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TURNAROUNDS: How to effect change quickly at a struggling hospital using ‘buddying’ mentoring approach

How a buddying partnership was used to implement a quality improvement initiative at Medway NHS Foundation Trust, a large general hospital located near London, England, is described in this detailed case study.  Medway’s partner in the buddying agreement was Guys and St. Thomas’ Hospitals Hospital NHS Foundation, which provided “advice, operational assistance, ‘compassionate’ leadership and pastoral staff…”  This team approach was successful in quickly improving patient throughput issues.

Source: Leach, R., Banerjee, S., Beer, G., and others. (2019). Supporting a hospital in difficulty: Experience of a ‘buddying’ agreement to implement a new medical pathway. Future Healthcare Journal, 6(1), 67-75. Click here for full text:  https://www.ncbi.nlm.nih.gov/pmc/articles/PMC6520082/pdf/futurehealth-6-1-67.pdf  Posted by AHA Resource Center (312) 422-2050,  rc@aha.org

MODELS OF CARE: Geographic unit-based teams case study

Redesign of the care model for inpatient units at Brooklyn Hospital Center (NY, 464 beds)  is described in this article.  Previously, hospital medicine teams would round on patients scattered about the hospital.  After the redesign, geographic unit-based teams were created.  How staff handled the transition to the new model and interactions with the bed board system are discussed.  Workstations on wheels (WOWs) were added to rounds.  Provider and patient satisfaction were found to improve after implementation of the new model.

Source: Pendharkar, S., Malieckal, G., and Gasperino, J. (2019, May 10). Unit-based models of care. The Hospitalist.  Click here for full text:  https://www.the-hospitalist.org/hospitalist/article/200713/mixed-topics/unit-based-models-care  Posted by AHA Resource Center (312) 422-2050, rc@aha.org

Rural Obstetric Services: Access, Workforce, and Impact

A new research briefing looks at declining access for rural women to obstetric services. Between 2004 and 2014, 179 rural counties in the U.S. lost hospital-based obstetric services, with over half of rural counties now lacking these services. The distribution of rural counties without obstetrics services varies widely geographically, from 78% in Florida to 9% in Vermont.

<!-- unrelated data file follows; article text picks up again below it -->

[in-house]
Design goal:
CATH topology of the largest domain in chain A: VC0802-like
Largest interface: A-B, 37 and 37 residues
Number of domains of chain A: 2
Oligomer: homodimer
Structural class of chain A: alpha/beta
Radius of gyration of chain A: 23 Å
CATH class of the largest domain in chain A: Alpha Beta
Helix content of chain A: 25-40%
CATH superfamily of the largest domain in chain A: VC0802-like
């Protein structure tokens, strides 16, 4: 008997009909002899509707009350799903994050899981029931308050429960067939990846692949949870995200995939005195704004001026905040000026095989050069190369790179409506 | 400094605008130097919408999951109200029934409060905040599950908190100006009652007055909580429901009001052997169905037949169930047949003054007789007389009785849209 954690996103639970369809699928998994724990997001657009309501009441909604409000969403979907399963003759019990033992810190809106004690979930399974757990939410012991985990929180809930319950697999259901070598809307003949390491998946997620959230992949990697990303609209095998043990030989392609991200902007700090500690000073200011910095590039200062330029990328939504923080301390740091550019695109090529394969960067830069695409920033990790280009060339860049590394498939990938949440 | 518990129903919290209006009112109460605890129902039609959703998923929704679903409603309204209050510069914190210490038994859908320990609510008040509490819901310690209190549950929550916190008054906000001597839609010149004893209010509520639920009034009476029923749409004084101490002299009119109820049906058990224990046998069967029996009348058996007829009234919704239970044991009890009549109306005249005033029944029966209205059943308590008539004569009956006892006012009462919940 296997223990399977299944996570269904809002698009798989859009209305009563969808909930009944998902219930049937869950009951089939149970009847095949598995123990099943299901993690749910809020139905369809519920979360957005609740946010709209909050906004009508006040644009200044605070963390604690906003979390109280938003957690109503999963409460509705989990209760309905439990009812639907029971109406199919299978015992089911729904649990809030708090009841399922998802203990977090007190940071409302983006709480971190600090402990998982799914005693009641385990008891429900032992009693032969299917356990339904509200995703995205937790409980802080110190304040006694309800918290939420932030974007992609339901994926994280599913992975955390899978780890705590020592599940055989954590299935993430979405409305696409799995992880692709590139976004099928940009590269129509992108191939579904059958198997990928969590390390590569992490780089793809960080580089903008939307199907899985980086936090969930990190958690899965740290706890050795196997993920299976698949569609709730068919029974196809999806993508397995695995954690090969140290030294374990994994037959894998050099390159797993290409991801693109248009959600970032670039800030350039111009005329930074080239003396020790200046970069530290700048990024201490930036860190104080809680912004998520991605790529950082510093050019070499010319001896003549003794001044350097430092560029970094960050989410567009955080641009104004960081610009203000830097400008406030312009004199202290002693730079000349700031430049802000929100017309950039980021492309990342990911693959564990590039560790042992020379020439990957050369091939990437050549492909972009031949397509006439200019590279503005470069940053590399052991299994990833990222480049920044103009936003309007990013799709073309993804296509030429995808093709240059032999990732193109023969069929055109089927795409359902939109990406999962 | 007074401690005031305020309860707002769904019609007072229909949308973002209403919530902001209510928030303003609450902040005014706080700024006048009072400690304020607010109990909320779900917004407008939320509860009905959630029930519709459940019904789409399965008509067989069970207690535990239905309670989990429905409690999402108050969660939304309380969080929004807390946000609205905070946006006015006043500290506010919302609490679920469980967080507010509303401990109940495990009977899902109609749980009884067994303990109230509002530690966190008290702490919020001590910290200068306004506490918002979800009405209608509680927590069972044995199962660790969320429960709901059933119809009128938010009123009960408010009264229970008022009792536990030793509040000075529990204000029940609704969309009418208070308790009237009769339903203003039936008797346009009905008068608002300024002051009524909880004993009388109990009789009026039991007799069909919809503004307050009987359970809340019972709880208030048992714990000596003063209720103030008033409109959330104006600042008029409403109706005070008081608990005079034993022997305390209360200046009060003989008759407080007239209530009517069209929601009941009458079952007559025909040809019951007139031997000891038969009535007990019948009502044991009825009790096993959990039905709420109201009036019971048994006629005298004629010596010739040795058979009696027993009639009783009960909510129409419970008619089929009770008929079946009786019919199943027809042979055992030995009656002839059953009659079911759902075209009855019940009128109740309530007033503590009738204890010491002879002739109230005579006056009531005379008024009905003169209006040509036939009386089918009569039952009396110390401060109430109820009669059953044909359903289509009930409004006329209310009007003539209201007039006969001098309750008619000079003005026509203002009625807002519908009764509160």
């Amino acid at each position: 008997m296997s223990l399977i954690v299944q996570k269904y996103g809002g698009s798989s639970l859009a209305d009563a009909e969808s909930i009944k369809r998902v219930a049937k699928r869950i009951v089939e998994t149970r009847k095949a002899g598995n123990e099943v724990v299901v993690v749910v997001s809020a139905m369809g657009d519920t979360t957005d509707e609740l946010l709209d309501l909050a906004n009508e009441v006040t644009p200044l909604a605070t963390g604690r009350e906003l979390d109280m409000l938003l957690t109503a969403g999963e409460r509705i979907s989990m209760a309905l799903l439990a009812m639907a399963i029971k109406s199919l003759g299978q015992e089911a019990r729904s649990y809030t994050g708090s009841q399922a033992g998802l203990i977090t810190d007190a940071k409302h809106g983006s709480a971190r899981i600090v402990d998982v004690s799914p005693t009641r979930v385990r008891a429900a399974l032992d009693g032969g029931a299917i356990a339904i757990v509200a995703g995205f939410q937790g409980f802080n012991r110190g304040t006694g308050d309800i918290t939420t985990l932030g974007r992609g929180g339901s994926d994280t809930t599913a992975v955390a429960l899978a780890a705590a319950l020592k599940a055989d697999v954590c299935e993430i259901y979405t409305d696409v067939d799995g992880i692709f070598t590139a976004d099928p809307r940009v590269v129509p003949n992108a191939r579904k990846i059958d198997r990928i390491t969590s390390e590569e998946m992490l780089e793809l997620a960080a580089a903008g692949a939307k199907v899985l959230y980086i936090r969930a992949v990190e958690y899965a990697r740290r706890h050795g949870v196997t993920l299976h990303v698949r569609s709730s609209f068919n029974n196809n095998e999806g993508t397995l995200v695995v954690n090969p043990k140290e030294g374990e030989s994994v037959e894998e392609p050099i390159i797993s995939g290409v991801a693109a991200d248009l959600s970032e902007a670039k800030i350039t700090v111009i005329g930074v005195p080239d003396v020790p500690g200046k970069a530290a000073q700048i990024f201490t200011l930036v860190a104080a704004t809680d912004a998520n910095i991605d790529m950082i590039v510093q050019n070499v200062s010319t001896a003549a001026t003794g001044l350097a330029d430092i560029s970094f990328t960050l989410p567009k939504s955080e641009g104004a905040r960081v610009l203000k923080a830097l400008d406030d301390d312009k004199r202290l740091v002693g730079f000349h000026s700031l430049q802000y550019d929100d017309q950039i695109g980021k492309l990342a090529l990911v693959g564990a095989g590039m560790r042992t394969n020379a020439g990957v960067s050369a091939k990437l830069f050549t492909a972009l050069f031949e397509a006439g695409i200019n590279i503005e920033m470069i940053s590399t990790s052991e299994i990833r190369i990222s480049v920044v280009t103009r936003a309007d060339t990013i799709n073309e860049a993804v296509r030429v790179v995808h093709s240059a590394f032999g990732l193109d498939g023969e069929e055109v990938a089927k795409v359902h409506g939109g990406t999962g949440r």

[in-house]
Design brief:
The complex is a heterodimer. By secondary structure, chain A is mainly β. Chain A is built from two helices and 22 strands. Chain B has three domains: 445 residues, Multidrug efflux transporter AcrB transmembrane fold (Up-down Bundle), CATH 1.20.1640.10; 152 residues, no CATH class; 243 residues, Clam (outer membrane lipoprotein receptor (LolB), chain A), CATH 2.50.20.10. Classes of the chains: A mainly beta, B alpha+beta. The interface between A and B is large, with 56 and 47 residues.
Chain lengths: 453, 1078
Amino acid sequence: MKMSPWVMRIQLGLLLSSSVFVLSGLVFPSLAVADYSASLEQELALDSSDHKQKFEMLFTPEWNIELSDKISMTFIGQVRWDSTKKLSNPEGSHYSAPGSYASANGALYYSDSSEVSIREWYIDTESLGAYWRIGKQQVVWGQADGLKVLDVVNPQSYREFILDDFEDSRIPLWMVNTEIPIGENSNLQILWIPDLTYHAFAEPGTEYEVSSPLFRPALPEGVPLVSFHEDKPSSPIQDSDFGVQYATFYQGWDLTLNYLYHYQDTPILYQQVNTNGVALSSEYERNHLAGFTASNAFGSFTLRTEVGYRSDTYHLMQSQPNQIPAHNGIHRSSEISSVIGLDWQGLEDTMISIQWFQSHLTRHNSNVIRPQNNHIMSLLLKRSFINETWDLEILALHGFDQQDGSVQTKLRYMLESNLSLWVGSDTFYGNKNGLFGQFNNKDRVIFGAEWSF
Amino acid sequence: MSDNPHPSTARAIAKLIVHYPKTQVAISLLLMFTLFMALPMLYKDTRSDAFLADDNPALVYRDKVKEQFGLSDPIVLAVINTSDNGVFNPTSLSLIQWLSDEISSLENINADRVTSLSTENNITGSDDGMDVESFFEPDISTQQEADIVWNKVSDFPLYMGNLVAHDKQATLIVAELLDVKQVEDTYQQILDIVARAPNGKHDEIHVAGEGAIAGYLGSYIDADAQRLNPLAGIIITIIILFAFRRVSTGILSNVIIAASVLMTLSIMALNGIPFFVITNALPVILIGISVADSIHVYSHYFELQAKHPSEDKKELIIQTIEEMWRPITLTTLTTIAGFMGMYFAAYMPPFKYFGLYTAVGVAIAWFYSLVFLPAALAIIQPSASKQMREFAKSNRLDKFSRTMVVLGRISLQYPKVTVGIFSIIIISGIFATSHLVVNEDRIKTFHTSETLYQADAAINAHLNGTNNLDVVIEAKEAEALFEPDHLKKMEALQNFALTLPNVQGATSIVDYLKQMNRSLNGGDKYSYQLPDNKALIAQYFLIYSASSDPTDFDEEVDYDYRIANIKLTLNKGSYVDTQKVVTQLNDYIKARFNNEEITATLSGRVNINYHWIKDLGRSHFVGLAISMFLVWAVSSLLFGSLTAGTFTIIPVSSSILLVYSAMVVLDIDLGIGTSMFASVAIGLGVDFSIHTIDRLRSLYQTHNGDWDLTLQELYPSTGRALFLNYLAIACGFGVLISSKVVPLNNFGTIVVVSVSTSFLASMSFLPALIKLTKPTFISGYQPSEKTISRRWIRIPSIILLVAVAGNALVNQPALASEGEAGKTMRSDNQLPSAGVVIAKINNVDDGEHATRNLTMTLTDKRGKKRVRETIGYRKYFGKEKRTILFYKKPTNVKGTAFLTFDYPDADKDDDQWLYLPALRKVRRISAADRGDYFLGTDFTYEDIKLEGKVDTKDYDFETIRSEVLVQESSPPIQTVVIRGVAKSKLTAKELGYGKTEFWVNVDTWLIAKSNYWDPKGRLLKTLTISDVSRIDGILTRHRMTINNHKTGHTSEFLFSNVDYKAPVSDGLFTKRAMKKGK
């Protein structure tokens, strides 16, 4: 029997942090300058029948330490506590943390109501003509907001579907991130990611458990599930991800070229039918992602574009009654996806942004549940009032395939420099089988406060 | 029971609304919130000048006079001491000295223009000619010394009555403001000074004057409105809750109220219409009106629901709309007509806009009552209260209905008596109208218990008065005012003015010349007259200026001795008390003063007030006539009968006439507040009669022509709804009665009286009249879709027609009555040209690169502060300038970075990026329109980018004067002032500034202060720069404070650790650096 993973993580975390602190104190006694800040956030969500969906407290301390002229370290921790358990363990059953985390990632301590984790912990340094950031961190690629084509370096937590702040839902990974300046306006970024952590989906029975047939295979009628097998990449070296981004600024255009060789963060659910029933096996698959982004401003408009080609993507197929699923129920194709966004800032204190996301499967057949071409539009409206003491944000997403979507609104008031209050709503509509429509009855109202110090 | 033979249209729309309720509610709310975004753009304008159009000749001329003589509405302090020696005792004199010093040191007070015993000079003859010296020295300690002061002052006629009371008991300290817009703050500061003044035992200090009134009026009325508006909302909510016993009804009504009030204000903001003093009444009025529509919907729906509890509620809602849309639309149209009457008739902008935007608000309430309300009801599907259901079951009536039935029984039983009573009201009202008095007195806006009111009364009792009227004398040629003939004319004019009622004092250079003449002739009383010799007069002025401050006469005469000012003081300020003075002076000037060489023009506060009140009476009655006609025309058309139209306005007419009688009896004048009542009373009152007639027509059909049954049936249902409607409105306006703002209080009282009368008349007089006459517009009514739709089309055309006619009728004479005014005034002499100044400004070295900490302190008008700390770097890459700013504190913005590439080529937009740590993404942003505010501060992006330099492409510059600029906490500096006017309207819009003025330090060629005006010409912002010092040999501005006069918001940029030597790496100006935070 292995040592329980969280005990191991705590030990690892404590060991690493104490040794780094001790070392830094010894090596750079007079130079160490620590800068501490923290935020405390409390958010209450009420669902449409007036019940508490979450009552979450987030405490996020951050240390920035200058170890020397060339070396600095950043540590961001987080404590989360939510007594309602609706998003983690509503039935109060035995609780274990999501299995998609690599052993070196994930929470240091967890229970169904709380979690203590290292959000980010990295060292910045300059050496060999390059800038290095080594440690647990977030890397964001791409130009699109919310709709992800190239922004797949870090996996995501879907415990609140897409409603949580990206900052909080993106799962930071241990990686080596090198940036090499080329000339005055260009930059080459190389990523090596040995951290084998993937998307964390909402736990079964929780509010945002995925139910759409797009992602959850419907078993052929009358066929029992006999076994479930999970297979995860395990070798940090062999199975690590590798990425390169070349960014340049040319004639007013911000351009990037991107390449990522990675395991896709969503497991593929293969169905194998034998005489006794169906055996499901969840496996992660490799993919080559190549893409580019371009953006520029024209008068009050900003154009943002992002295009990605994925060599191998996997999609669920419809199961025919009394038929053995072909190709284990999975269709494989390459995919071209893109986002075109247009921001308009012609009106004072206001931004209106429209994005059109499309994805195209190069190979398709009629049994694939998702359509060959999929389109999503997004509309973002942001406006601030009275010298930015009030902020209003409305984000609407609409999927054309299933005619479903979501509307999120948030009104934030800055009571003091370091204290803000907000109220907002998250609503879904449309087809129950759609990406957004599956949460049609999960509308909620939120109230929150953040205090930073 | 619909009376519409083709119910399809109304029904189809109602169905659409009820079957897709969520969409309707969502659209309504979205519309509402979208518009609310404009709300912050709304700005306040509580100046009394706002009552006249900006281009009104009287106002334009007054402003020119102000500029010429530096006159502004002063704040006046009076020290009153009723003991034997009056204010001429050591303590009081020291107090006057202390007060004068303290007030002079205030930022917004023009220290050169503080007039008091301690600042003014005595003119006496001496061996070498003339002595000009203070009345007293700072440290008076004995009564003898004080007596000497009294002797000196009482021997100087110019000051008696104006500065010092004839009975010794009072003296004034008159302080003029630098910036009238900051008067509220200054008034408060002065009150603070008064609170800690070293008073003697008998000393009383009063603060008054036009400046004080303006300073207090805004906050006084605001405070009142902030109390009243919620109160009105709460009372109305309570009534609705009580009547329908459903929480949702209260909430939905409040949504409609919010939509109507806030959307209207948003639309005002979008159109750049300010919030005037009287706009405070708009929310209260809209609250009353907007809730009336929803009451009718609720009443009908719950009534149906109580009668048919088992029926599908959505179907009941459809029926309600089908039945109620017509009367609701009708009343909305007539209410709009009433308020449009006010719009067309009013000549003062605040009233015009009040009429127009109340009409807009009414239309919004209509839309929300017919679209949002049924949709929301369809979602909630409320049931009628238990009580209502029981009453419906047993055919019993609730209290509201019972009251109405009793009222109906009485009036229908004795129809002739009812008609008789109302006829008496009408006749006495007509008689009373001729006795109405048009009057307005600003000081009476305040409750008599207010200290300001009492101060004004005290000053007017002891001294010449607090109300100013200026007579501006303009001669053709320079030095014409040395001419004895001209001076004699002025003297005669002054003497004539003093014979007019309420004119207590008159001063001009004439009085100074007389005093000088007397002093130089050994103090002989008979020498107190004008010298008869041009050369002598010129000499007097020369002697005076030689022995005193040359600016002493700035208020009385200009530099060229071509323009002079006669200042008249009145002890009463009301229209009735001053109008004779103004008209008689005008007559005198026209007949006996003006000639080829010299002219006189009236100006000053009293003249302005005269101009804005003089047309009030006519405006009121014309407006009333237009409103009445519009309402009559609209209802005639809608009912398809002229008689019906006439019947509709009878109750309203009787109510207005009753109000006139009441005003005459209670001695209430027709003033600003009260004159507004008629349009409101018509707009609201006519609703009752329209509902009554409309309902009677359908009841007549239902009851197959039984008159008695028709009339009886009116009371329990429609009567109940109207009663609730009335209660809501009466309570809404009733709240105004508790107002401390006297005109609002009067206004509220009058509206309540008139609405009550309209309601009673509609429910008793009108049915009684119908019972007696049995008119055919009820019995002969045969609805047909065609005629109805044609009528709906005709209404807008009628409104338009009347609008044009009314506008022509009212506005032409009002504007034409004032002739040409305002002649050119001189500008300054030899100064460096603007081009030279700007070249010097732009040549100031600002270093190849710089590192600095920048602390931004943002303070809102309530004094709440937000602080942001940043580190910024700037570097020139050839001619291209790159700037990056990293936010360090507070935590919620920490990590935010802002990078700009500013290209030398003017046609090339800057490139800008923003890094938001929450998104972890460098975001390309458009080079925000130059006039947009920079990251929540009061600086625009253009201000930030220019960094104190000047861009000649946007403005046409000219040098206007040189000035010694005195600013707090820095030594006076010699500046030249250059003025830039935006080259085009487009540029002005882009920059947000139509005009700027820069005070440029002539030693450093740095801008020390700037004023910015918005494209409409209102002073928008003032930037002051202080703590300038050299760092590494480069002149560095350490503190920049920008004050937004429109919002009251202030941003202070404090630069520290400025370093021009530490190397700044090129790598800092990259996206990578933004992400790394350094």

Access to obstetric service factors may be related to lower birthrates, a limited rural obstetric workforce, Medicaid eligibility, and socio-economic factors. The impact of limited OB services is also briefly covered.

Links to the nine reports covered by the research overview — all from the University of Minnesota Rural Health Research Center — are  provided.

Source: Rural obstetric services: access, workforce, and impact. Rural Health Research Recap, Rural Health Research Gateway, April 2019. https://www.ruralhealthresearch.org/recaps/8

Posted by AHA Resource Center (312) 422-2050 rc@aha.org

COST OF HEALTH CARE: Specialist visits to hospitalized Medicare patients cost over $1.3 billion in 2014

What is the cost to the nation to bring in specialists to consult on hospitalized Medicare patients?  This question was studied based on analysis of over 700,000 discharges from over 4500 U.S. hospitals in 2014.  Medicare Part B payment for consultative care was found to represent 41.3 percent of all physician visits during the hospital stays.  The total dollar amount was estimated to be $1.3 billion.  These figures are thought to be underestimates because the patients studied excluded surgical patients and because there was no analysis of downstream costs – such as additional diagnostic testing and follow-up visits.  Characteristics of hospitals which were found to be more likely to have higher rates of consultative visits included those in the Northeast, those in urban areas and teaching hospitals.